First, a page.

Why Are So Many Texans Uninsured?

Commentary by John C Goodman

One in four Texans does not have health insurance, the highest percentage in the nation. One reason is that a lot of families cannot afford health insurance. But many Texas families who can afford it simply choose not to buy it. As a result, many Texans are uninsured by choice.

Why? Texans choose to be uninsured because in general the lack of insurance is no barrier to health care. According to a report by the State Comptroller, public and private organizations spend about $1,000 per uninsured individual per year on charity care, on the average. That equals $4,000 for a family of four-an amount that would buy adequate private insurance in most Texas cities.

In this way, our health care system is encouraging Texans not to have health insurance. There are more than 40 federal programs that fund health care for the uninsured in the state. The largest program-the disproportionate share hospital payment program-spends more than $1.5 billion dollars a year to compensate hospitals that serve indigent patients. Since 1985, federal law has made it illegal to turn away hospital emergency patients in every state.

There are health care programs for residents of public housing, seasonal farm workers, legal immigrants, and even undocumented immigrants. Texas law requires counties to have programs to serve the medically indigent, and also requires non-profit hospitals to provide indigent care equal to five percent of revenues. Then there's care provided by charities and non-profit organizations, and free care provided by physicians.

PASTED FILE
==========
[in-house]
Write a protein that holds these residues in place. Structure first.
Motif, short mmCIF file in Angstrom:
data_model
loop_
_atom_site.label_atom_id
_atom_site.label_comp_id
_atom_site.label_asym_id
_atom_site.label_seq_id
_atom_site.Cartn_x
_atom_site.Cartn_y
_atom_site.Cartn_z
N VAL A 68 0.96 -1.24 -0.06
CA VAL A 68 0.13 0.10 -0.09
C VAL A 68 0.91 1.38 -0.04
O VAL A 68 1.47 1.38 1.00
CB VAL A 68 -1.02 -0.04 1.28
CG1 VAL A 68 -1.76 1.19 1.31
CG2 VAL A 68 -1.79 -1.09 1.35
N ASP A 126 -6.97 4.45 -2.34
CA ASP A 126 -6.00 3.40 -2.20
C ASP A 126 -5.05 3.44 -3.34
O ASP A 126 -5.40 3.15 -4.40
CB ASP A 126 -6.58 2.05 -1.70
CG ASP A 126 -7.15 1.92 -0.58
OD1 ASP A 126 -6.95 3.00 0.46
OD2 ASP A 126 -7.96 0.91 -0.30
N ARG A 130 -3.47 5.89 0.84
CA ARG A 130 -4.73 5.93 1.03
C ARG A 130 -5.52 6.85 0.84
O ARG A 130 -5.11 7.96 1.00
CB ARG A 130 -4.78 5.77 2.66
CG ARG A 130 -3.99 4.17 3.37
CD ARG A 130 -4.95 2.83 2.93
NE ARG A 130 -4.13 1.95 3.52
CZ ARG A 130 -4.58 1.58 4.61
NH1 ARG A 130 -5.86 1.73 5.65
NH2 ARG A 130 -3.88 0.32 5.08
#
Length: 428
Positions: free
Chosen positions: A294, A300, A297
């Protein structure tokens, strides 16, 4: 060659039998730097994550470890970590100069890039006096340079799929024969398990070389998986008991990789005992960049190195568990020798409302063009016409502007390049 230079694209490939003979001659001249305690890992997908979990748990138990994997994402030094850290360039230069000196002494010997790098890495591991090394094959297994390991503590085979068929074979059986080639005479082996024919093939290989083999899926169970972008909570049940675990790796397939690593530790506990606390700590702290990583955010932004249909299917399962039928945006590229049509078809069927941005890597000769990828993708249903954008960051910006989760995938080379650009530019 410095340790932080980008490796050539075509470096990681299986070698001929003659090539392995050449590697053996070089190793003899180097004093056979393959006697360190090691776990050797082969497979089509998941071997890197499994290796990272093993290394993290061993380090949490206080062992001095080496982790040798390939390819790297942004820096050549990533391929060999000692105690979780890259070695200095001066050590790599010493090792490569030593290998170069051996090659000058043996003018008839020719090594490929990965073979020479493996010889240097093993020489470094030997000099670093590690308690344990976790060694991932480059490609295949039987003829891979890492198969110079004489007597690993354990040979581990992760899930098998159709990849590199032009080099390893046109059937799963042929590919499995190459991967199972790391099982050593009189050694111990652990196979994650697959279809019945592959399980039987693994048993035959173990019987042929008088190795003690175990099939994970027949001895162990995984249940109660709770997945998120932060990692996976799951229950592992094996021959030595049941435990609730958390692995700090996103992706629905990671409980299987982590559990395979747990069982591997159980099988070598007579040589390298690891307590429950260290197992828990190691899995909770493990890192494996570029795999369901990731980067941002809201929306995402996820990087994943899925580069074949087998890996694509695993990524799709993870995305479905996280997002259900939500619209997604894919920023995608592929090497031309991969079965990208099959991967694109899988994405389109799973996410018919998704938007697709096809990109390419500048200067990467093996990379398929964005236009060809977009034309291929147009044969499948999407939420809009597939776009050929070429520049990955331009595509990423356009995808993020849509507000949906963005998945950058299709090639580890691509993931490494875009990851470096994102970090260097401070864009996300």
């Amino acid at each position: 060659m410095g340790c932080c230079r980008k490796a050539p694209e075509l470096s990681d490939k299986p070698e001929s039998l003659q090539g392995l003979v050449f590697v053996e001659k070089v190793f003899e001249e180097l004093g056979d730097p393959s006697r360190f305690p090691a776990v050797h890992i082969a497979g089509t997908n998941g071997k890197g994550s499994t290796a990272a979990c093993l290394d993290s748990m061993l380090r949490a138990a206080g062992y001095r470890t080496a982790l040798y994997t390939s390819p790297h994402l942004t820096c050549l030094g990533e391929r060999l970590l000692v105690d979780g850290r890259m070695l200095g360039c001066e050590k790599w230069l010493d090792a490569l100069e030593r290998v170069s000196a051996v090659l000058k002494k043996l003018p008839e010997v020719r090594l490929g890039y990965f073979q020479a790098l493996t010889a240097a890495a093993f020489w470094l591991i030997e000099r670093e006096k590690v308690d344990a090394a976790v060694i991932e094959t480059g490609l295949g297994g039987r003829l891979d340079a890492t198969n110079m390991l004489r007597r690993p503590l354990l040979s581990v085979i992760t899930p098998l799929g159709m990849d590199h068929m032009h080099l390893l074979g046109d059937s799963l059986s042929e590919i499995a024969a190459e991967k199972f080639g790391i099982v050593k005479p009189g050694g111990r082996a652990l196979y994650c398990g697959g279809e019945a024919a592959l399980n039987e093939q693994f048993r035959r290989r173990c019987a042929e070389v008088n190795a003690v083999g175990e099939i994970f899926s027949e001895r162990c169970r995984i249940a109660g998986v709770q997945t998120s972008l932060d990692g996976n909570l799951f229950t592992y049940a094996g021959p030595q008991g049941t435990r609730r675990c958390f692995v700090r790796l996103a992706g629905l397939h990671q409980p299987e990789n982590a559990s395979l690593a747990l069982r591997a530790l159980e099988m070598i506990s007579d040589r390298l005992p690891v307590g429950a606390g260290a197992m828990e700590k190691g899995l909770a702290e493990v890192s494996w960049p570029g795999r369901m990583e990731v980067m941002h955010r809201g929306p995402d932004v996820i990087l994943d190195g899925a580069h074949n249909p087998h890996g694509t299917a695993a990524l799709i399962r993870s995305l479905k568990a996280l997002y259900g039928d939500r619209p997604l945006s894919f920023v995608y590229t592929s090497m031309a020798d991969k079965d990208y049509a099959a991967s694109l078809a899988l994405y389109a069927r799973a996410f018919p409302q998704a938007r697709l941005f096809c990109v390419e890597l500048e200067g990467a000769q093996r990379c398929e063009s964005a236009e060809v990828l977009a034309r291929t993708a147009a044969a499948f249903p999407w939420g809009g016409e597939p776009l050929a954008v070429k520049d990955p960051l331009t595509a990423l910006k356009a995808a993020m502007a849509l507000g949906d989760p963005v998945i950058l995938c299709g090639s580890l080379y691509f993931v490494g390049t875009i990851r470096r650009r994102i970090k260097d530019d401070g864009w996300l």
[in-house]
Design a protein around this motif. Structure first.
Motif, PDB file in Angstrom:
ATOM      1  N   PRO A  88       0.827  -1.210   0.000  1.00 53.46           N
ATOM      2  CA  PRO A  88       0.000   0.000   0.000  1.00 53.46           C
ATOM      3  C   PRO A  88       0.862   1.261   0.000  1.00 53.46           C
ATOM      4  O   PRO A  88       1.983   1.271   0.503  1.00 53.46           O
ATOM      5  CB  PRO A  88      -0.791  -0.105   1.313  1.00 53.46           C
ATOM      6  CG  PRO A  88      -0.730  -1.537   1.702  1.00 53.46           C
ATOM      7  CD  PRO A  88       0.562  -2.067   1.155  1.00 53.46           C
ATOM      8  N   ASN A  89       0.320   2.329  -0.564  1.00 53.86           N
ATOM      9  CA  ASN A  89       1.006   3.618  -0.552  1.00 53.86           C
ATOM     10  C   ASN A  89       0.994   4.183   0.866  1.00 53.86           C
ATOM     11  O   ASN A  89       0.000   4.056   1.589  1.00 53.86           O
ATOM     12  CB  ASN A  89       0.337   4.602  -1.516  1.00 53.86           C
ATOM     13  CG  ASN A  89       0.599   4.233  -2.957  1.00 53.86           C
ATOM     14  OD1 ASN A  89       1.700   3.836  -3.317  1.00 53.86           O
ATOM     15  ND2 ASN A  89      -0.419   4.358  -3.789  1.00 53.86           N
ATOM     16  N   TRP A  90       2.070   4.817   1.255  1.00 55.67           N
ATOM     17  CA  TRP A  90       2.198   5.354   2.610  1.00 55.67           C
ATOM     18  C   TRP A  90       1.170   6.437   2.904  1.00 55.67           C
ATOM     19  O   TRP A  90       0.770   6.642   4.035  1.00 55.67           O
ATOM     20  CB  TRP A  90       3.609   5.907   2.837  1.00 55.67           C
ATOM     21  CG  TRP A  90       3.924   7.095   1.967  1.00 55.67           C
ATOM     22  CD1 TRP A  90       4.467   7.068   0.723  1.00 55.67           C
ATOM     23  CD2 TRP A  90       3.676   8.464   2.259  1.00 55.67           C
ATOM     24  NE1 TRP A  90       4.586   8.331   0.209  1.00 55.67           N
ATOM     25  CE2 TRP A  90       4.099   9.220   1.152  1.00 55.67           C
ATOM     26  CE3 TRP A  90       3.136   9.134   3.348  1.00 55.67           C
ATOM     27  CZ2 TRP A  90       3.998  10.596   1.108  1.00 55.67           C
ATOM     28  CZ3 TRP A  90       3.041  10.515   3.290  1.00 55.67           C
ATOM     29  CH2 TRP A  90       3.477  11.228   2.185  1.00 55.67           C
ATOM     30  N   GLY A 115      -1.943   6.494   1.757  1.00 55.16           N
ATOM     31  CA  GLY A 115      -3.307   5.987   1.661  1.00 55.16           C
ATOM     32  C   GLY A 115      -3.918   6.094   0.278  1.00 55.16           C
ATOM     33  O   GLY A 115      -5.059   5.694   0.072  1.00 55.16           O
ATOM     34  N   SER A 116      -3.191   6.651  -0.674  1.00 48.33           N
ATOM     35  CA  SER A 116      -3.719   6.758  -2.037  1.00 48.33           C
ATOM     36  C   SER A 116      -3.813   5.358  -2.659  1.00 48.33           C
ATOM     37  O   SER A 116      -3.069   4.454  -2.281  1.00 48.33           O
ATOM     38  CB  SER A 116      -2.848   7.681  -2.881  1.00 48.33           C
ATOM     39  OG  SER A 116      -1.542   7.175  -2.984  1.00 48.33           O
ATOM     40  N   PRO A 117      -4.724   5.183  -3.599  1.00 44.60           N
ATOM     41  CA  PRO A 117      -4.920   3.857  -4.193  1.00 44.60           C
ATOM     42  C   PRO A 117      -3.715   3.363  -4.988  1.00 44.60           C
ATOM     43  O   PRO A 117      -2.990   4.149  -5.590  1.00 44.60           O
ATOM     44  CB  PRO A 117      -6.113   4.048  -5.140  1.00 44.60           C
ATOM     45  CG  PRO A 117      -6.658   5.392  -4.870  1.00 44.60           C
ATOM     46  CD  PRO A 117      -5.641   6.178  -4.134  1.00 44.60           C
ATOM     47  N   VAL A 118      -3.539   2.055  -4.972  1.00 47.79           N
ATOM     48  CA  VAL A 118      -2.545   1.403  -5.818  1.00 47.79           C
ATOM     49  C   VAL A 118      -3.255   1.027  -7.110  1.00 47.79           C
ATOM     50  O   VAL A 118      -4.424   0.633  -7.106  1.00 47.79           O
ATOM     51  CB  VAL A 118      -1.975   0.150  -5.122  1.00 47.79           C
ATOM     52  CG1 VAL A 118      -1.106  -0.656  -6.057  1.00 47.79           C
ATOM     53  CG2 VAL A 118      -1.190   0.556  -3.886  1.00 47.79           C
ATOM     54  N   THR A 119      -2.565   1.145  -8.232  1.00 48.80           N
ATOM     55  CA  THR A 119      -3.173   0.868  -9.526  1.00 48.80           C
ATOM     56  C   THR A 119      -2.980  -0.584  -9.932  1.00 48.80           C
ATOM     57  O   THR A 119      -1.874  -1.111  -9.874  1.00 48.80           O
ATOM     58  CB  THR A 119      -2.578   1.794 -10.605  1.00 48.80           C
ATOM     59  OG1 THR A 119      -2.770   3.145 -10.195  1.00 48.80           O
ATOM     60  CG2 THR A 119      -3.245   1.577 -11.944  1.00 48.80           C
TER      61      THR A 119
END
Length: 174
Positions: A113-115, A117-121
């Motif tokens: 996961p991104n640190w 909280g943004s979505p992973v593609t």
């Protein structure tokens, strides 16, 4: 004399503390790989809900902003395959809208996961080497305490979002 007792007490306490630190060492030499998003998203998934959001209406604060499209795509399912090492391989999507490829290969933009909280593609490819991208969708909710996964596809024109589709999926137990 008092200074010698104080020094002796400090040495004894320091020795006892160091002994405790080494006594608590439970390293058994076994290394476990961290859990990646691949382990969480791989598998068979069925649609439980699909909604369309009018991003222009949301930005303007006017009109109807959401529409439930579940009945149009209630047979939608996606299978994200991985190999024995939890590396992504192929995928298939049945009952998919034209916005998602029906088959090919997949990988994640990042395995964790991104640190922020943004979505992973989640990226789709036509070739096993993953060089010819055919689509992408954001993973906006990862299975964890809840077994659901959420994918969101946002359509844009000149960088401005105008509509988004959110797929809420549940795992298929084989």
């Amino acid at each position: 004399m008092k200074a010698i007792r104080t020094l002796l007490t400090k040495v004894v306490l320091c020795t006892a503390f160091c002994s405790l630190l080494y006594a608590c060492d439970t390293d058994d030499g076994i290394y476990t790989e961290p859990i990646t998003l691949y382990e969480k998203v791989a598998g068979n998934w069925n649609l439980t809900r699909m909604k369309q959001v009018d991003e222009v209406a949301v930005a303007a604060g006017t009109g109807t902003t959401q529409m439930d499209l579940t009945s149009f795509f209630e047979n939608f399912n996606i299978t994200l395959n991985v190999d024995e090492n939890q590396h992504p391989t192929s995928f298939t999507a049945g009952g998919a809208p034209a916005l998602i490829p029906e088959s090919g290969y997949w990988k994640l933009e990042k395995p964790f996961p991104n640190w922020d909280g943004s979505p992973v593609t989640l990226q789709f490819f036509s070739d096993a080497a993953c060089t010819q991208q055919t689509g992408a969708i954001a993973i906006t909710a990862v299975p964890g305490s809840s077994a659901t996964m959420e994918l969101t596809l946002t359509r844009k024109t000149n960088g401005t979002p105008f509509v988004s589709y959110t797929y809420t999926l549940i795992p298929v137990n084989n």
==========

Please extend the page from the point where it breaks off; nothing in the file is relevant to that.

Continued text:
The alternative to free care is purchasing private insurance. But most uninsured Texans get no government subsidy if they choose to buy coverage. Federal tax subsidies for employer-provided health insurance total about $125 million per year; but the uninsured get virtually no tax relief when they purchase insurance on their own. As a result, they must purchase insurance with after-tax dollars.

In a report issued last week, the Blue Ribbon Task Force on the Uninsured recommended expanding enrollment in the state's Medicaid program. As a member of that task force, I disagreed and submitted a minority report. Several national studies show that the growth public programs tends to be at the expense of private insurance. So when Medicaid expands, private insurance coverage contracts. The number of uninsured remains largely unaffected.

Further, there really isn't much difference in Texas between being uninsured and being on Medicaid for many families. In most major cities, Medicaid patients and the uninsured enter the same emergency rooms, see the same doctors and are admitted to the same hospital rooms. Those who have signed up for Medicaid do not get more, faster or better care.

State officials estimate that more than 1.6 million Texans qualify for but are not enrolled in Medicaid, and hundreds of thousands of children are eligible but not enrolled in CHIP (children's health insurance program). The reason? Families perceive it's not worth the bureaucratic hassle. The best way to reduce the number of uninsured in our state is to subsidize private insurance as generously as we subsidize free care for those Texans without health insurance.